Kent police to ask for more time to investigate Tory election spending

Kent police is to apply to the courts for more time to investigate claims that Conservative party activists breached election laws while fighting off a challenge from the Ukip leader, Nigel Farage.

It is believed to be the 11th force investigating claims that the party has misallocated spending during the 2015 general election campaign.

The Conservatives have previously denied any wrongdoing and say all its election expenses complied with the law.

But senior Tories admit that the inquiries, sparked by a Channel 4 News investigation, have become a “significant inconvenience” for the party in the middle of a divisive and fraught campaign to remain in the EU.

Kent police was among several forces who attended a meeting last week with the Electoral Commission and the Crown Prosecution Service to discuss the issue.

Detectives from Kent are focusing on the battle for South Thanet, when dozens of Conservative activists were bussed in to the area to combat Ukip activists.

The claims centre on whether the expenses run up by the Conservatives in the South Thanet campaign were properly reported to the Electoral Commission.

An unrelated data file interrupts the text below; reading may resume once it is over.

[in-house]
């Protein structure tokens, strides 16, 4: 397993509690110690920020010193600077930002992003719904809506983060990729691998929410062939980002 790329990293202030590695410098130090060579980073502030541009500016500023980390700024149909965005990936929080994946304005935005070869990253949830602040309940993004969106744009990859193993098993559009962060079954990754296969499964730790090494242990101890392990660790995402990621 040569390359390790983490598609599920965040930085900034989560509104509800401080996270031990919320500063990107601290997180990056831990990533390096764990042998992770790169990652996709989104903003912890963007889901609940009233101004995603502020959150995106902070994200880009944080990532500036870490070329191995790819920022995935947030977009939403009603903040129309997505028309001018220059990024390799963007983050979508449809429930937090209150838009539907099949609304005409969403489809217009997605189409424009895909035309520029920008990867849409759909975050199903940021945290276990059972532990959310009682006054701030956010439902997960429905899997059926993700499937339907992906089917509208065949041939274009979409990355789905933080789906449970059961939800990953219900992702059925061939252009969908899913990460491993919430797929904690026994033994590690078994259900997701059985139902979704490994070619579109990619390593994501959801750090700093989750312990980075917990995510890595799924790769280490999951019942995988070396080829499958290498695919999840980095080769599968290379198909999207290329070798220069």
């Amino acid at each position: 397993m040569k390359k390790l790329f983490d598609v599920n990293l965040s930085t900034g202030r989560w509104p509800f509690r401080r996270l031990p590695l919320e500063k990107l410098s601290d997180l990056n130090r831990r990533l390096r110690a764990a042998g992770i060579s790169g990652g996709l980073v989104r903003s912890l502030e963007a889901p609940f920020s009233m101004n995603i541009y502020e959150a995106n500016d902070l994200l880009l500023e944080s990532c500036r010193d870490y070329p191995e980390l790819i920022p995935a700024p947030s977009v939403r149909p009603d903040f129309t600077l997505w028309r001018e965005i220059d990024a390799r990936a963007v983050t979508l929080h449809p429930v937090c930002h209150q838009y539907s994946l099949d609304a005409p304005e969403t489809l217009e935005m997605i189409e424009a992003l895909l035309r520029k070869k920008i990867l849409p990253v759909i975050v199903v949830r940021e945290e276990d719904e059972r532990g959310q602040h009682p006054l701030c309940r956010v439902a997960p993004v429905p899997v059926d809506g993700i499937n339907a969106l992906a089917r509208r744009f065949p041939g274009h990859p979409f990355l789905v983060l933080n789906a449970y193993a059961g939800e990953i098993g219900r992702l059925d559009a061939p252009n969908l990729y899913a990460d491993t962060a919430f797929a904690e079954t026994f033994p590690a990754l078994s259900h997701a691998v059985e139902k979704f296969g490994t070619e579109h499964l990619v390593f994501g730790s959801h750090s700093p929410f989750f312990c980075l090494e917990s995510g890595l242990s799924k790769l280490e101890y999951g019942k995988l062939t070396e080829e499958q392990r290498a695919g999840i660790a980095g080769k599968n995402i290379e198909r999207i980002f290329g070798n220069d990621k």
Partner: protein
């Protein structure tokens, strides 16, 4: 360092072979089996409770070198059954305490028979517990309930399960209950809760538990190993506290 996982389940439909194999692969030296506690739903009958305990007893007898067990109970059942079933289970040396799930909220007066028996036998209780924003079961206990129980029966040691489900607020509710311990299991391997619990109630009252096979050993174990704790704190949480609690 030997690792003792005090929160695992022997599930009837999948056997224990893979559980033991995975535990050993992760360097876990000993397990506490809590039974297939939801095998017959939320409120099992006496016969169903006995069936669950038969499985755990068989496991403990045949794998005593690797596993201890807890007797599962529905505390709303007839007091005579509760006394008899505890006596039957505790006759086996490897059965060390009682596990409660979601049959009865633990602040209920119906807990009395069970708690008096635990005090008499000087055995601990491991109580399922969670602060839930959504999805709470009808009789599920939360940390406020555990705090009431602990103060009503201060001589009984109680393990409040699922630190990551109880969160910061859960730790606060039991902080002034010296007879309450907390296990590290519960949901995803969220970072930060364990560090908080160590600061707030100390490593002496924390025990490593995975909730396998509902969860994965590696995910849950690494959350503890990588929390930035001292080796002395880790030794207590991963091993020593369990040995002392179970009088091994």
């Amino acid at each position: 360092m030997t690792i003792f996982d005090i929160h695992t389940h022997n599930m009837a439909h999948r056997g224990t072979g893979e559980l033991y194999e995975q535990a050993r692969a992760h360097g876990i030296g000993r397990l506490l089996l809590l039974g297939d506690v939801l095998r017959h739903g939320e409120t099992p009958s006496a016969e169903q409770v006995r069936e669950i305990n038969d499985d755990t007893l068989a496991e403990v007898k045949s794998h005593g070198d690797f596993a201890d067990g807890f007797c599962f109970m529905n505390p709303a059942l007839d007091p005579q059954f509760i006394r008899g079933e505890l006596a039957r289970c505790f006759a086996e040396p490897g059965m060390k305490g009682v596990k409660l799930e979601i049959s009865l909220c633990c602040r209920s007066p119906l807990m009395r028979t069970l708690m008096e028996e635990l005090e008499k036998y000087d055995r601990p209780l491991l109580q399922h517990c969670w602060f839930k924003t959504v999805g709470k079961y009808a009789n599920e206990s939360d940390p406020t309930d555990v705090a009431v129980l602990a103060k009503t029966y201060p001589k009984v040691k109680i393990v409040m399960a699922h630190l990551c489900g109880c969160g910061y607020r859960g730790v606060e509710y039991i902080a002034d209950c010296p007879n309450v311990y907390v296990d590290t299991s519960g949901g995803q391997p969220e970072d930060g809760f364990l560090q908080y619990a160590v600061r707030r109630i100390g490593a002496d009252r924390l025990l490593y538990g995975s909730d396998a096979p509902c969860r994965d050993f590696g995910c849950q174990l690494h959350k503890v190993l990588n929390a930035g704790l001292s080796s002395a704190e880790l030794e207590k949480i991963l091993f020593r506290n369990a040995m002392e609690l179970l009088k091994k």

General election campaigns allow candidates to spend between £10,000 and £16,000 depending on the size of the electorate. In South Thanet, the Conservative candidate Craig Mackinlay said his campaign spent just below the limit of £15,016.

Under election laws, any costs incurred to promote a candidate must be declared on local candidate spending returns.

Receipts showed that £18,000 was spent accommodating Conservative party workers in the Royal Harbour hotel in Ramsgate, and a Premier Inn in Margate, which were not declared on the spending return. Instead, they appear on the Conservative party’s national expenses – normally reserved for party-wide costs.

A further £715 was spent on the Alpha hostel, used to accommodate a busload of activists who took part in a “Stop Farage” campaign. The costs for the hostel do not appear to have been declared.

Ten other police forces have announced they are examining candidate spending. These are Cheshire, Gloucestershire, Greater Manchester police, Lincolnshire, Northamptonshire, Nottinghamshire, Staffordshire, Warwickshire, West Mercia on behalf of Devon and Cornwall, and West Yorkshire.

Under electoral law, any claims made about the conduct of an election would have to be made within 12 months of the ballot unless there are exceptional circumstances.

A spokesman for Kent police confirmed they were seeking an extension, adding that no date had yet been set for its application to the court.

Powered by article was written by Rajeev Syal, for on Monday 16th May 2016 15.08 Europe/ © Guardian News and Media Limited 2010